TopMortgage Compliance Update (1)

June 4, 2012


CFPB's "Notice of Reasonable Cause"

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On May 25, 2012, the Consumer Financial Protection Bureau (Bureau) issued a Proposed Rule (Rule) which, if adopted, would govern the process by which a "nonbank covered person" may become subject to the supervisory authority of the Bureau.

Under the proposed process, the Bureau would provide a nonbank covered person a notice (Notice or Notice of Reasonable Cause) stating that the Bureau may have reasonable cause to determine that such covered person is engaging, or has engaged, in conduct that poses risks to consumers with regard to the offering or provision of consumer financial products or services.

The Proposal establishes mechanisms to provide the nonbank covered person a reasonable opportunity to respond to the Notice.

According to the Bureau, the proposed procedures would provide a recipient of a Notice (respondent) with a more robust process than required by Section 1024(a)(1)(C) in Title X of the Dodd-Frank Wall Street Reform and Consumer Protection Act of 2010.

For example, as set forth now by Dodd-Frank, to satisfy the statutory requirement that the Bureau provide a reasonable opportunity to respond, the Bureau does not need to offer respondents an opportunity to participate in a supplemental oral response. The Rule, however, if adopted, would provide such an opportunity to respondents.

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The Rule would require that a Notice include a description of the basis for the assertion that the Bureau may have "reasonable cause" to determine that a respondent is a nonbank covered person that is engaging, or has engaged, in conduct that poses risks to consumers with regard to the offering or provision of consumer financial products or services.

The Notice is intended to afford a respondent the opportunity to evaluate the assertions set forth therein and to formulate an appropriate response.

The Rule would provide a respondent with two opportunities to respond to a Notice: first, in writing, and then, if requested by a respondent, through a supplemental oral response generally to be conducted by telephone.

Under the Rule, a respondent would be required to include with the written response records, documents, or other items supporting the arguments set forth in the response that a respondent wants the Bureau's Assistant Director for Nonbank Supervision (Assistant Director) and the Bureau's Director (Director) to consider.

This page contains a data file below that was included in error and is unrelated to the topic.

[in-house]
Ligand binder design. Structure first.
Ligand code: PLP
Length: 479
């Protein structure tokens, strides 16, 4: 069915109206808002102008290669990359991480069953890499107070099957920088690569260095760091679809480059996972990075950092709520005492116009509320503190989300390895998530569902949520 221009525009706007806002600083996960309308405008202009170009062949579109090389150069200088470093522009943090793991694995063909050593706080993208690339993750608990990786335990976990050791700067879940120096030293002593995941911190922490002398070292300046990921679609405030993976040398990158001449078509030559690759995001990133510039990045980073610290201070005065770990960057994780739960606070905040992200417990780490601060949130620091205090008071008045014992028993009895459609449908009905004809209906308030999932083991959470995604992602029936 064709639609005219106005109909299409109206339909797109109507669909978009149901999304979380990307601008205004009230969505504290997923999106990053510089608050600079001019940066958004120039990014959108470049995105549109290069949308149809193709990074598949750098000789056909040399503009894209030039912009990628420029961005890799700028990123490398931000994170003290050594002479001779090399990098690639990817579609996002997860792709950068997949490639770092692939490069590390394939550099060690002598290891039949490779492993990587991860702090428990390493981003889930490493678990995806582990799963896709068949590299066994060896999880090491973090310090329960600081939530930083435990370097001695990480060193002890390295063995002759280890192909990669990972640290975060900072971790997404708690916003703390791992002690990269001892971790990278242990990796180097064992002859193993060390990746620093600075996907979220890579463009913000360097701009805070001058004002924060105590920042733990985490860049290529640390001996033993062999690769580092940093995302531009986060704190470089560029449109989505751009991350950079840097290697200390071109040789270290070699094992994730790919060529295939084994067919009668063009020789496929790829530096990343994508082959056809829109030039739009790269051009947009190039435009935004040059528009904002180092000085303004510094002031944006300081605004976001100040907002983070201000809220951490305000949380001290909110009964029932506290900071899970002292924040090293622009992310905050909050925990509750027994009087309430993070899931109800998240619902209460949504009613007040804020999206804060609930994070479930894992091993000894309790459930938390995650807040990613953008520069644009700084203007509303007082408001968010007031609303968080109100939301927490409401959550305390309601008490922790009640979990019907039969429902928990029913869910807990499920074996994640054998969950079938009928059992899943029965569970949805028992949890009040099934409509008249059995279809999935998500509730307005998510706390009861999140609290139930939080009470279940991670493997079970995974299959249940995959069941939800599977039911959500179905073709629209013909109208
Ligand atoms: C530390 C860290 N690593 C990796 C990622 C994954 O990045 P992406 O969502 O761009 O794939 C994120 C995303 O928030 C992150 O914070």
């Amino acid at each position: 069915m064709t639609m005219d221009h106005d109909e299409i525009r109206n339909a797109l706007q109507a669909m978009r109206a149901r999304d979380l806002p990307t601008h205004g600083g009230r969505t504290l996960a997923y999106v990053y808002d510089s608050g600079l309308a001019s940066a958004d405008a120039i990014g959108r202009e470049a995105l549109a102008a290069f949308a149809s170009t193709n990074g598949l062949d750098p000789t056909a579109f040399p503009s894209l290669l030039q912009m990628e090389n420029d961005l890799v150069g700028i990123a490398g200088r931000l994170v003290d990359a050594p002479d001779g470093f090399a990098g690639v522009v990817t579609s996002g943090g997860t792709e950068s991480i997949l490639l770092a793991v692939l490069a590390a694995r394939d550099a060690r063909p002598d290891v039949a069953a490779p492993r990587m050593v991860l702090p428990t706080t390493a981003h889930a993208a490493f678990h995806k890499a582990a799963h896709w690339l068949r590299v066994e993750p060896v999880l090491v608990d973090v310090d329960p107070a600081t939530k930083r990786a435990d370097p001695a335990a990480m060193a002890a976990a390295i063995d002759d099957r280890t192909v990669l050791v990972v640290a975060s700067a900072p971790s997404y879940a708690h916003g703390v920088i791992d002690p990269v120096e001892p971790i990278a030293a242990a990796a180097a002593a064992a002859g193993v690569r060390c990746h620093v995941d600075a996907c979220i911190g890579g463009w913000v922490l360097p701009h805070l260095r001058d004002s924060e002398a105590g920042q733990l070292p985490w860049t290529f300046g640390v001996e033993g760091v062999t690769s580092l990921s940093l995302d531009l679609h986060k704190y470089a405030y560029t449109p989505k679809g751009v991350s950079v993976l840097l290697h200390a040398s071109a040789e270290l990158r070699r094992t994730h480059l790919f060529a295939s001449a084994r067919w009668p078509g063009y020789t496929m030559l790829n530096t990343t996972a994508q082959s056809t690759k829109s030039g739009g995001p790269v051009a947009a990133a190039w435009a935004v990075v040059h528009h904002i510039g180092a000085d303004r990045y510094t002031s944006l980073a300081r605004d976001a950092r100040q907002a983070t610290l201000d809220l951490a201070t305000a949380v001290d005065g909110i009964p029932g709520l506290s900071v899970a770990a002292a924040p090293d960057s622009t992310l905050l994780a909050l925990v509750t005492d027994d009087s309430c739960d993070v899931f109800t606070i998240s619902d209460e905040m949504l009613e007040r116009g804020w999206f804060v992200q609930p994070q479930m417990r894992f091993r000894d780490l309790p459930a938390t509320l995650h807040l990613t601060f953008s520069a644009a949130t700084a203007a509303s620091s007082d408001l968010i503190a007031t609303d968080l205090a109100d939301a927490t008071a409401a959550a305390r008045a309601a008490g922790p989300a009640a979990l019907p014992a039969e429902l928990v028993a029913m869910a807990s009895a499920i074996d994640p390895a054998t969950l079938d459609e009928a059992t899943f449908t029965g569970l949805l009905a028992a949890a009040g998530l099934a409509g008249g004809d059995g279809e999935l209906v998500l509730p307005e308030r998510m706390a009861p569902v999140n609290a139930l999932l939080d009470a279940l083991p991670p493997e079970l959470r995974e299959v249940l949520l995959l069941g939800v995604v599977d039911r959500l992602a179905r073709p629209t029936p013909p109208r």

A supplemental oral response, if requested, would provide a respondent with the opportunity to present arguments to the Bureau's Assistant Director or her or his designee.
Under the Rule, a Notice of Reasonable Cause would not constitute a notice of charges for any alleged violation of Federal consumer financial law or other law. The proceedings would be informal and would not constitute an adjudicatory proceeding under section.

In the informal process, no discovery would be permitted, a supplemental oral response would not constitute a hearing on the record, and no witnesses would be permitted to be called as part of a supplemental oral response.
1) The Bureau's Deputy Assistant Director for Nonbank Supervision (Deputy) would commence a proceeding by issuing a Notice.

2) The response (both written and oral, if any) would then be considered by the Bureau's Assistant Director, who would provide to the Bureau's Director a recommended determination.

3) The Director would make the final determination in any proceeding by adopting without revision, modifying, or rejecting the Assistant Director's recommended determination.

4) The result would be either an order subjecting a respondent to the Bureau's supervisory authority, or a notice stating that a respondent is not subject, as a result of the proceeding, to the Bureau's supervisory authority.
Under the Proposed Rule there would be two ways in which a respondent could consent to the Bureau's supervisory authority:

Expedited Method: respondent may execute the consent agreement form attached to the Notice that is served on the respondent and file it with the Assistant Director in lieu of a response.

Voluntary Consent
: at any time during a proceeding, a respondent may voluntarily consent to the Bureau's supervisory authority under such terms as the parties may agree.
If a determination by the Director results in an order bringing a respondent within the Bureau's supervisory authority, the respondent would be permitted, after two (2) years (and no more than annually thereafter), to petition the Director for the termination of such an order.

However, under the Rule, where a respondent voluntarily consents to the Bureau's supervisory authority for a specified period of time, the respondent would not be permitted to petition for the termination of supervision during the period specified in the consent agreement.

A petition for termination of an order provides a method for a respondent to inform the Bureau of actions taken and progress made to reduce the risks to consumers after the issuance of the order.

Please take note: nothing in the rule affects the relief the Bureau may seek in any civil action or administrative adjudication.
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Consumer Financial Protection Bureau

Procedural Rules To Establish Supervisory Authority
Over Certain Nonbank Covered Persons
Based on Risk Determination

Proposed Rule

Federal Register
Friday, May 25, 2012
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